“That is an indicator of the shortest day of the year,” Blosser explained.

Gleaning, by definition, means “to extract” or “to gather,” a term used to represent the time of the year when ancient natives, like the Hopewell people (which made up several tribes) in Southwest Ohio, would prepare for winter by gathering and storing food to last the season. The celebration of a successful harvest of crops or gathering of meat was one reason ancient tribes recognized the Winter Solstice; however, because the Hopewell society was not agricultural, Fort Ancient’s site was predominately utilized as a gathering place for ceremonies and social events, marking pivotal occasions in the lives of the people.

“Two thousand years ago, there were many different tribes of people coming together for one common unity at Fort Ancient, and that was their religious and spiritual practices,” Blosser said. “The kicker is, if they come here for annual religious and social events, how do they know when to do it? It turns out, they were accomplished mathematicians.”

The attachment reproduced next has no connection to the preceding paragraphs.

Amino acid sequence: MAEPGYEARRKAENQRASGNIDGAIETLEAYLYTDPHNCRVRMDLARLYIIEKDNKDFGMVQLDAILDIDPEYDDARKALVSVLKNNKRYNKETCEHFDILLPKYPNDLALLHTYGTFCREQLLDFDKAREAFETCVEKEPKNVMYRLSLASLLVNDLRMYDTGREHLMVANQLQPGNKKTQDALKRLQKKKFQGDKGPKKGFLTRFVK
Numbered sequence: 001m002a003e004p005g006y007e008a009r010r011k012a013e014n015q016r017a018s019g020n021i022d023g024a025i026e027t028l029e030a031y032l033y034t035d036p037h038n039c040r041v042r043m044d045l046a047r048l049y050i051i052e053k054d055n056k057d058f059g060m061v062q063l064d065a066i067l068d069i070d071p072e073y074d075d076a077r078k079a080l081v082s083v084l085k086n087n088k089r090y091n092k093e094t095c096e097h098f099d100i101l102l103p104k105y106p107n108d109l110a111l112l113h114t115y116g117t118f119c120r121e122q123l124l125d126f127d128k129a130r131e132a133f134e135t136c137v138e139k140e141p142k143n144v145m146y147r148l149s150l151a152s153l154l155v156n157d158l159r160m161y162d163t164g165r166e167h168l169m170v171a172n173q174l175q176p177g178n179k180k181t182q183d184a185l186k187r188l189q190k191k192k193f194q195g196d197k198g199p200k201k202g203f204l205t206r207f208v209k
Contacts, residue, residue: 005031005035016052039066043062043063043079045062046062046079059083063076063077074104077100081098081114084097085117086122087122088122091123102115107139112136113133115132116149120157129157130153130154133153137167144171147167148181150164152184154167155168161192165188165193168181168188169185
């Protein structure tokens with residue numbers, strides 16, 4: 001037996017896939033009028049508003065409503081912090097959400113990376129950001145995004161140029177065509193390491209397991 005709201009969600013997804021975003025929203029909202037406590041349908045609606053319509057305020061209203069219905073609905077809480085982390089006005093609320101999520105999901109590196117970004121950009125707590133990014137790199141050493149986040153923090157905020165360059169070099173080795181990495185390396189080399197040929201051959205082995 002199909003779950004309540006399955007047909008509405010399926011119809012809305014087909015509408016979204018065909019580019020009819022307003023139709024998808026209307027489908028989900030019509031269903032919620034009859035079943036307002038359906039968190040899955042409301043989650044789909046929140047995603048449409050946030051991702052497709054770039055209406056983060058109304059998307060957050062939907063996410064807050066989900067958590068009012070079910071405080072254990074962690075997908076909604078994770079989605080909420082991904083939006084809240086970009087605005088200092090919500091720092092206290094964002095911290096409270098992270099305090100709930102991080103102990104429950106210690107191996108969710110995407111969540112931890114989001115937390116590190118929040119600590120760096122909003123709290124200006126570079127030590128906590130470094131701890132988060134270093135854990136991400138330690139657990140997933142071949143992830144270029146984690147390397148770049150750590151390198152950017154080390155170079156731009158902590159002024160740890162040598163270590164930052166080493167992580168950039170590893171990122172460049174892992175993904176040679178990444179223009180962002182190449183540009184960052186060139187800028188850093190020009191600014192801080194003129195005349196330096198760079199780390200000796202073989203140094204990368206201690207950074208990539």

The math of the Hopewell people was actually the early development of our modern calendar system. Although today we do not fully understand this ancient society’s strategy for developing the calendar system, we do know they relied extensively on the earth and natural resources that surrounded them to erect constructions, statues and mounds to guide their sense of direction and time.

In the case of Fort Ancient’s construction, Blosser explains, four stone-covered mounds stand, each 512 feet apart. The mounds form a nearly perfect square, which, when one aligns with a specific opening within the earth walls that point north and east, reflects the exact direction of the rising sun or rising moon. This determined the cycle of days.